Data analysis is foundational in digital marketing. Campaigns are data-driven, built around the fundamental metric of website conversions.
With this vital role, you’d think data would be treated with the utmost rigor. But too often, it’s not. Marketing reports are often based on hunches and spurious analysis – viewed through rose-colored lenses.
In the SMB digital marketing sphere, the biggest problem is failing to establish if the data is statistically significant.
Statistically significant is data where the variables involved are caused by something other than chance. When data is statistically significant, it means the collateral used in the campaign had a measurable, ongoing impact.
Ascertaining the statistical significance of data can be complex, but we’re going to keep it high-level by looking at three issues that often obscure data’s real meaning. These are also where novice mistakes are most common.
Recently, a marketing executive new to our company came to me excited about a positive result she’d seen with a client.
It was remarkable. After doing some manual optimization of products in a client’s shopping feed, she reported this data:
- 139% increase in conversions
- 79% decrease in cost per conversion
- Spend dropped by 52%
Impressive indeed. I asked her to provide more details on the optimization work she’d done.
By the time she did that, the story changed. She had 1-2 weeks of strong data, but over the last two weeks it reversed.
The mistake she made was the most common of all when it comes to analyzing data. Her time-frames for the analysis were too short.
For almost every type of digital marketing campaign, a time-frame of just a week or two is insufficient.
Short time frames don’t meet the standard of statistically significant. Random chance can cause data to spike or dip for no ascertainable reason. Outside trends, seasonality, and changes in the market cause spikes unrelated to the tactic being tested.
There is no set rule for how long a campaign must run to develop statistically significant data. The results should be consistent and the process repeatable. Testing processes must account for false positive/negative errors.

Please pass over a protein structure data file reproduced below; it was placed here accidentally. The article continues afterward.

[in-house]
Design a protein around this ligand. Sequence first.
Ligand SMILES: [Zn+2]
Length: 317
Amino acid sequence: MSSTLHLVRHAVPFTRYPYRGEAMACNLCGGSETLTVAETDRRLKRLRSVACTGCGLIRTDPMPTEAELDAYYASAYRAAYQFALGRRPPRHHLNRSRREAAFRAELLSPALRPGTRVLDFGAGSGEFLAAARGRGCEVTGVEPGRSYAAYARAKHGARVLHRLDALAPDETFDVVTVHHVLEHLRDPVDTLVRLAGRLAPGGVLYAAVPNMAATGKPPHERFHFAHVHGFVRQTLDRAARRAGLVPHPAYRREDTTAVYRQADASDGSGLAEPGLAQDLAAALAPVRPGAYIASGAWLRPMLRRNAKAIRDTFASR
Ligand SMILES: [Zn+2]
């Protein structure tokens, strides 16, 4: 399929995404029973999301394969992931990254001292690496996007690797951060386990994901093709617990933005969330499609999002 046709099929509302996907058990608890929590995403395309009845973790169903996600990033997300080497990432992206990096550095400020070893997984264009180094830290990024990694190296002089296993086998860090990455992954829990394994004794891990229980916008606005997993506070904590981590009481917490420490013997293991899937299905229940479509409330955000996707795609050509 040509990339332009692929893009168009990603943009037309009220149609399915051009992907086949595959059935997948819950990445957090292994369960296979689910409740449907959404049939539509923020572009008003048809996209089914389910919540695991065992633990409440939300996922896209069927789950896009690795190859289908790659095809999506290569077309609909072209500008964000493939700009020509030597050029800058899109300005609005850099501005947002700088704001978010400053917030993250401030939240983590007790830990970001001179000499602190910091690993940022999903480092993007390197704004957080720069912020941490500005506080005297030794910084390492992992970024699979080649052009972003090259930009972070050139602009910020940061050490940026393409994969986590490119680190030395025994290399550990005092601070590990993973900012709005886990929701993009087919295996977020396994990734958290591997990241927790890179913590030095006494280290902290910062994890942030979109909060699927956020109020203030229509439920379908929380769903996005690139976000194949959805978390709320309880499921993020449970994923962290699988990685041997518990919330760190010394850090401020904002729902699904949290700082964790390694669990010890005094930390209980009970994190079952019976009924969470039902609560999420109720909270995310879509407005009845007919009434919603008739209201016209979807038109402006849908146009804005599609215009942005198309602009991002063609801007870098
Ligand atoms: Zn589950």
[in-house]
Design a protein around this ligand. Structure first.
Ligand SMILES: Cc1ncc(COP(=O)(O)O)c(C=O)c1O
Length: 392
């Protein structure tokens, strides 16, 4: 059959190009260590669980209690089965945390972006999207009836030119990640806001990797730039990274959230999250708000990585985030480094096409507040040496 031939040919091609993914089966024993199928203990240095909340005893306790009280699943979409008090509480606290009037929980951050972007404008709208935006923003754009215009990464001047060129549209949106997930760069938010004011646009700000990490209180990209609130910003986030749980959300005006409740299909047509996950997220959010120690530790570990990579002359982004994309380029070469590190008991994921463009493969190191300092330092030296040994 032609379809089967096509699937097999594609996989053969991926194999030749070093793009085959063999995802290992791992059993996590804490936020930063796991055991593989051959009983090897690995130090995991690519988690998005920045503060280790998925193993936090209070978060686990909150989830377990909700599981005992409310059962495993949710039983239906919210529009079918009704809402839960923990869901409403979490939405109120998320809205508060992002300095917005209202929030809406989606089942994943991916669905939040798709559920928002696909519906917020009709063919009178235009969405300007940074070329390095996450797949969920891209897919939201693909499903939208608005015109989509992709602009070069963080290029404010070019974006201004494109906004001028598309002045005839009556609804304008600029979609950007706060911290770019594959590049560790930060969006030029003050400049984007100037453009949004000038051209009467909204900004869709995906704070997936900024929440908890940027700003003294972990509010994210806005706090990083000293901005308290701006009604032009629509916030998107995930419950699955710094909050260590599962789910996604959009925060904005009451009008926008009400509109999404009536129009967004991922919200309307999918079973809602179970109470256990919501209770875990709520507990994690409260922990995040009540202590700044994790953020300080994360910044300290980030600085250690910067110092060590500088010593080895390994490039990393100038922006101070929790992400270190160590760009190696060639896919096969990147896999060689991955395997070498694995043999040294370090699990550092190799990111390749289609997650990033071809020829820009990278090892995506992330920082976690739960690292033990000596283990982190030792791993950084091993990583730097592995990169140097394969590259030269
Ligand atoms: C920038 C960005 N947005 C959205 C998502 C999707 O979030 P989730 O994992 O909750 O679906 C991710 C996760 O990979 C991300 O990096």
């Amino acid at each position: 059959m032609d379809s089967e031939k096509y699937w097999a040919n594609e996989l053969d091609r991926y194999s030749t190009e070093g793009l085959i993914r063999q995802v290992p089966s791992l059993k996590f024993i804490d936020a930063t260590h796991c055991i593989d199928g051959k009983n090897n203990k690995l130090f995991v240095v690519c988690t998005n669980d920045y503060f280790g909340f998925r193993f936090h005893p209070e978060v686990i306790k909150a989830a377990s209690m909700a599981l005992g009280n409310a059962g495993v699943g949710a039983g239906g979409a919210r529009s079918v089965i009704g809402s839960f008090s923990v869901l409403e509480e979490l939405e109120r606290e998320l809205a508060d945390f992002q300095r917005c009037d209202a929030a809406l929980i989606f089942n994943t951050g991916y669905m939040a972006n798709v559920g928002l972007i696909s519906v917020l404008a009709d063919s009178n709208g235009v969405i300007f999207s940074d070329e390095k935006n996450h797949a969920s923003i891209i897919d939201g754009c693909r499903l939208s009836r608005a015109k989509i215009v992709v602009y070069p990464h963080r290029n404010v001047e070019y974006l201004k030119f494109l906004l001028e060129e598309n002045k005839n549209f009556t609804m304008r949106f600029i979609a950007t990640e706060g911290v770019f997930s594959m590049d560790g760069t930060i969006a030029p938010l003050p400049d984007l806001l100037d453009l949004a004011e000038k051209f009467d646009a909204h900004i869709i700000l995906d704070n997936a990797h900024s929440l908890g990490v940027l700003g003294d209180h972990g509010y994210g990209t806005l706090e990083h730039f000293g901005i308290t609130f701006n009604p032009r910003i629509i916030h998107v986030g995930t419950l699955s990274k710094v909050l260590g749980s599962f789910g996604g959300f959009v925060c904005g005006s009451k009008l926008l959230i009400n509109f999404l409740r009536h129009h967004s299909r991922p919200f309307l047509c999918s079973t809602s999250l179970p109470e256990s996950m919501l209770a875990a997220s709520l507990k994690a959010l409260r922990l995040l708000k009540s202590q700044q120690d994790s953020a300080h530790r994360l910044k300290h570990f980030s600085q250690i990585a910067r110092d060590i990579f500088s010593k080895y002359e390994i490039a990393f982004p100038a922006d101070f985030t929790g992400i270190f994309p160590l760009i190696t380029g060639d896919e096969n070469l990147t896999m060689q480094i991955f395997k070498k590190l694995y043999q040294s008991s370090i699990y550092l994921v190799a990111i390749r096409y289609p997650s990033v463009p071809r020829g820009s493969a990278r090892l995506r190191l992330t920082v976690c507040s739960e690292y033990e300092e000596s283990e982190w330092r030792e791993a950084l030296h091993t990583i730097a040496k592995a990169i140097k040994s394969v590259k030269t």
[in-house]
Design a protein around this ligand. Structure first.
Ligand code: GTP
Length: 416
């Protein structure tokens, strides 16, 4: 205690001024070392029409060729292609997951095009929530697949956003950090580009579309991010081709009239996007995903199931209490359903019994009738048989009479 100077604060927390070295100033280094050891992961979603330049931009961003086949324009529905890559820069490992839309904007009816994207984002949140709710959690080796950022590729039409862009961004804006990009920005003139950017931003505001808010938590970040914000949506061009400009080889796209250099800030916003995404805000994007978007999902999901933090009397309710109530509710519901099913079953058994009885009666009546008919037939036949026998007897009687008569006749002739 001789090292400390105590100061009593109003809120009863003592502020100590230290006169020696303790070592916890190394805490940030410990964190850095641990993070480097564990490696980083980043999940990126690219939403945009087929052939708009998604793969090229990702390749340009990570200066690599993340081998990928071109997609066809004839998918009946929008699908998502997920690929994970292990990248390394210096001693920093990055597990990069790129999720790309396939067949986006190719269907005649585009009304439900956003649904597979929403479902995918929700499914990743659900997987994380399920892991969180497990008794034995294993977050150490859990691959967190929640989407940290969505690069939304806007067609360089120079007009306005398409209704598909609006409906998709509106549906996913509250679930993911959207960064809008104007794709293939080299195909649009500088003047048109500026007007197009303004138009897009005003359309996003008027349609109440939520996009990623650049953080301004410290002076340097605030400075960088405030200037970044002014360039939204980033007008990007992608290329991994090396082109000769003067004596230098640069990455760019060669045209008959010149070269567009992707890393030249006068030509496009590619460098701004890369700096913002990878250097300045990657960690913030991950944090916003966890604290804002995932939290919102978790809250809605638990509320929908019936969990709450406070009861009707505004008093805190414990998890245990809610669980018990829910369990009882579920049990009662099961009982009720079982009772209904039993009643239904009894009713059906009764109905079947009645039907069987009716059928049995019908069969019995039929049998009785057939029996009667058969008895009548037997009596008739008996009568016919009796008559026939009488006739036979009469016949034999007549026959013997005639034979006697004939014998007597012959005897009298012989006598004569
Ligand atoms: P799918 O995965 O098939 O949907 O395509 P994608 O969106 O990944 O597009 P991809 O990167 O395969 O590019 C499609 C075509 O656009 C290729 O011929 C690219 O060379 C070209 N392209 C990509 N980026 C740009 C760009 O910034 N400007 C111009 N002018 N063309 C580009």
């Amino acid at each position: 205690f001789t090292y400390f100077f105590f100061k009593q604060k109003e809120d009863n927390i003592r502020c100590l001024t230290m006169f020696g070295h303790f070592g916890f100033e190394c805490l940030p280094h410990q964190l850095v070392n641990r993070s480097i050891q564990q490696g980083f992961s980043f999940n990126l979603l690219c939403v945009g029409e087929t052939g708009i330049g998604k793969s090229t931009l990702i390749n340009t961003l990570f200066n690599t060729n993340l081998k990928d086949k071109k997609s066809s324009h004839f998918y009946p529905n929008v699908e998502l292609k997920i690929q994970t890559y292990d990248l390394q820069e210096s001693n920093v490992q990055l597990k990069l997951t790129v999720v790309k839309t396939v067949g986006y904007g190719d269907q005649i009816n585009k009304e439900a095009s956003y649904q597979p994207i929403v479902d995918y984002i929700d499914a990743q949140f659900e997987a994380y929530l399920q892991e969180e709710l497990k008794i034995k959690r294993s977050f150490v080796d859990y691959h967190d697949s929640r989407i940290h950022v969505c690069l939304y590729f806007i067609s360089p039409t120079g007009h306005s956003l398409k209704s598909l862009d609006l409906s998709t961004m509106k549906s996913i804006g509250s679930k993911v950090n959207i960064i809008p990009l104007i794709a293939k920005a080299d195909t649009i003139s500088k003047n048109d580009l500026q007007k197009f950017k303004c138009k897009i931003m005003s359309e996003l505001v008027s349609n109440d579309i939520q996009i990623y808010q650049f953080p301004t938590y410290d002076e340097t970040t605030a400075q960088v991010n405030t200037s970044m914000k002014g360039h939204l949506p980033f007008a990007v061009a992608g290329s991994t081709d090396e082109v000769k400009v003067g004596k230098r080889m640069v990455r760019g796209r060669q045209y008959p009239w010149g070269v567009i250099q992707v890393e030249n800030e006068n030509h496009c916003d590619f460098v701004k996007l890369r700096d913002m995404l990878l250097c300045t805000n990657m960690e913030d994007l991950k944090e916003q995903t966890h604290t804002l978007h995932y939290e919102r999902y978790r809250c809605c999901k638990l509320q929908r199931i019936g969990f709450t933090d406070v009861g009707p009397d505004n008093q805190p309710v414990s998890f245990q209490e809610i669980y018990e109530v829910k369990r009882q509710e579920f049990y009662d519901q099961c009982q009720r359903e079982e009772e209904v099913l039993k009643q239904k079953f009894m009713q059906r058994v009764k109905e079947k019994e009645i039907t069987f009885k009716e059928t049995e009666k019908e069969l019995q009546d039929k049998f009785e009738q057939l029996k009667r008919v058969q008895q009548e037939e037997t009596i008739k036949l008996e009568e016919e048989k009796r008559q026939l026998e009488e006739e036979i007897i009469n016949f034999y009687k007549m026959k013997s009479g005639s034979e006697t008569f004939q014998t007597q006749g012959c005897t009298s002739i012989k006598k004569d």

The mistake novices make is to discover a positive data point, then jump on it as an opportunity to report a success.
Statistically significant data comes from rigorous analysis. For most website marketing, that’s a process that takes months, not days or weeks.
There’s a strong correlation between campaign time-frames and the audience sample size.
Sample size is the number of people you need to engage with your campaign to establish statistical significance.
I recently came across research reports from a well-known marketing firm and discovered that they based their conclusions on the responses of two people. Not what you’d call rigorous analysis.
The marketing executive who saw her results shift didn’t have the sample size to back-up her conclusion. With just a handful of conversions over the span of one week, changes in data could be (and turned out to be) random.
As you let campaigns run and gather data, you want to look for patterns and repeatable results.
For example, say you’re split testing two landing pages. Conversion-rates are 2% higher over two-weeks with a sample size of 100.
That means in two weeks one version got 2 more conversions than the other. To get statistical significance, you’d want to run this campaign for at least 3 months.
Say, on the other hand, you split test the two pages and in two-weeks one page has 80 conversions and the other 20. Now your sample size is showing a large variation you can start to track. Another two weeks of this data and you could conclude the content one landing page was outperforming the other, allowing you to optimize your campaign.
Inadequate time-frames and sample sizes explain how marketing veers away from statistical significance. But they don’t explain why this is so common.
The why comes not from the data, but from the people interpreting it. Two things cause these problems.
The first is the problem of viewing data through rose-colored lenses. Marketers and business owners are strongly motivated to see positive results in their efforts. It reflects well on their actions, and may even be necessary to justify their paychecks.
This was common with SEO work. An SEO would optimize a series of terms, get them to rank on page one, then use that data to prove the validity of their work.
The problem was that these terms often didn’t drive enough traffic to create a relevant sample size. The data point was being isolated outside the goals of the campaign.
The marketing executive who came forward with data after only a week was looking for recognition. While her work showed promise and was worth noting, it didn’t have the statistical significance needed to justify making modifications to the campaign.
Beware of rose lenses when analyzing and interpreting data. The desire to mine for positive results can be really strong with marketing.
Marketers want to prove their worth. Business owners are desperate to see results and avoid sunk costs.
Confirmation bias is a problem with data interpretation. This is where you interpret the data in a way that confirms your assumptions while you ignore data that refutes them.
For data to help your business, you must establish statistical significance and interpret it objectively.
Be patient, diligent, and clear about cause and effect.
When you find an important data point that leads to profitable optimization, the payoff can be huge – and well worth the wait.